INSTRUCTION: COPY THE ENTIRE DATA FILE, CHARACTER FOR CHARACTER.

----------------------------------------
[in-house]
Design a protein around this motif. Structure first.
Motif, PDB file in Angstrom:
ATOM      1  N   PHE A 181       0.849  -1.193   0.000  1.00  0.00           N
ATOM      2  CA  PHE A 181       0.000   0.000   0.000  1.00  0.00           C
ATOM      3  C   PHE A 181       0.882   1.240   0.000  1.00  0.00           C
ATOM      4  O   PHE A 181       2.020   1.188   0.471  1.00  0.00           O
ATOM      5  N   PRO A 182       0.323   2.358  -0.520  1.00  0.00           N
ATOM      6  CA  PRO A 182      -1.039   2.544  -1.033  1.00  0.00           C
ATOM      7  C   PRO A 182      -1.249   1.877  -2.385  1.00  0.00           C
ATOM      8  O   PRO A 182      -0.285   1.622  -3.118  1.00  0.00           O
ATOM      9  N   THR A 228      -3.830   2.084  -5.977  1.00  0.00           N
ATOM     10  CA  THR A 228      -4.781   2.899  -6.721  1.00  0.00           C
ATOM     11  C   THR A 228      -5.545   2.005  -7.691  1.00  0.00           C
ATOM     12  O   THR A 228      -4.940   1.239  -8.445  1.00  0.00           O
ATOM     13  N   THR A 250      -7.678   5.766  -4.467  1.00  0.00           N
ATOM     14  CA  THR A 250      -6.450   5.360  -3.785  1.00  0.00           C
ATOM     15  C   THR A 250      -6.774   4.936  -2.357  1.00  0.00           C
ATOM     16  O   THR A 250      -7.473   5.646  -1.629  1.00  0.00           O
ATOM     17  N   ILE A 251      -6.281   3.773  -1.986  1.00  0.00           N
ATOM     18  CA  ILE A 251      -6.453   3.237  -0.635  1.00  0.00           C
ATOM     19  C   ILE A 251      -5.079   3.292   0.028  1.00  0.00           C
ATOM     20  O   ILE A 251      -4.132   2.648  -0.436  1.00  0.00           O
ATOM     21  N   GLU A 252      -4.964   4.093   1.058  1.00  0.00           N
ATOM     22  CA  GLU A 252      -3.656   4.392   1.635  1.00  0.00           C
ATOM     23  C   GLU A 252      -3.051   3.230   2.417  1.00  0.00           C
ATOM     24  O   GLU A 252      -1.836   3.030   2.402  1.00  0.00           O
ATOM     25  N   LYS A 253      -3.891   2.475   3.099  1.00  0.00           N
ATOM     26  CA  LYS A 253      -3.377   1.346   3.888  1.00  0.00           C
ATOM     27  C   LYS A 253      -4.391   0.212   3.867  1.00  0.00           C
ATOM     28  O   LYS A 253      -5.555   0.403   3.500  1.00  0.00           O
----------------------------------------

[in-house]
Design a protein around this motif. Structure first.
Motif, PDB file in Angstrom:
ATOM      1  N   PHE A 181       0.849  -1.193   0.000  1.00  0.00           N
ATOM      2  CA  PHE A 181       0.000   0.000   0.000  1.00  0.00           C
ATOM      3  C   PHE A 181       0.882   1.240   0.000  1.00  0.00           C
ATOM      4  O   PHE A 181       2.020   1.188   0.471  1.00  0.00           O
ATOM      5  N   PRO A 182       0.323   2.358  -0.520  1.00  0.00           N
ATOM      6  CA  PRO A 182      -1.039   2.544  -1.033  1.00  0.00           C
ATOM      7  C   PRO A 182      -1.249   1.877  -2.385  1.00  0.00           C
ATOM      8  O   PRO A 182      -0.285   1.622  -3.118  1.00  0.00           O
ATOM      9  N   THR A 228      -3.830   2.084  -5.977  1.00  0.00           N
ATOM     10  CA  THR A 228      -4.781   2.899  -6.721  1.00  0.00           C
ATOM     11  C   THR A 228      -5.545   2.005  -7.691  1.00  0.00           C
ATOM     12  O   THR A 228      -4.940   1.239  -8.445  1.00  0.00           O
ATOM     13  N   THR A 250      -7.678   5.766  -4.467  1.00  0.00           N
ATOM     14  CA  THR A 250      -6.450   5.360  -3.785  1.00  0.00           C
ATOM     15  C   THR A 250      -6.774   4.936  -2.357  1.00  0.00           C
ATOM     16  O   THR A 250      -7.473   5.646  -1.629  1.00  0.00           O
ATOM     17  N   ILE A 251      -6.281   3.773  -1.986  1.00  0.00           N
ATOM     18  CA  ILE A 251      -6.453   3.237  -0.635  1.00  0.00           C
ATOM     19  C   ILE A 251      -5.079   3.292   0.028  1.00  0.00           C
ATOM     20  O   ILE A 251      -4.132   2.648  -0.436  1.00  0.00           O
ATOM     21  N   GLU A 252      -4.964   4.093   1.058  1.00  0.00           N
ATOM     22  CA  GLU A 252      -3.656   4.392   1.635  1.00  0.00           C
ATOM     23  C   GLU A 252      -3.051   3.230   2.417  1.00  0.00           C
ATOM     24  O   GLU A 252      -1.836   3.030   2.402  1.00  0.00           O
ATOM     25  N   LYS A 253      -3.891   2.475   3.099  1.00  0.00           N
ATOM     26  CA  LYS A 253      -3.377   1.346   3.888  1.00  0.00           C
ATOM     27  C   LYS A 253      -4.391   0.212   3.867  1.00  0.00           C
ATOM     28  O   LYS A 253      -5.555   0.403   3.500  1.00  0.00           O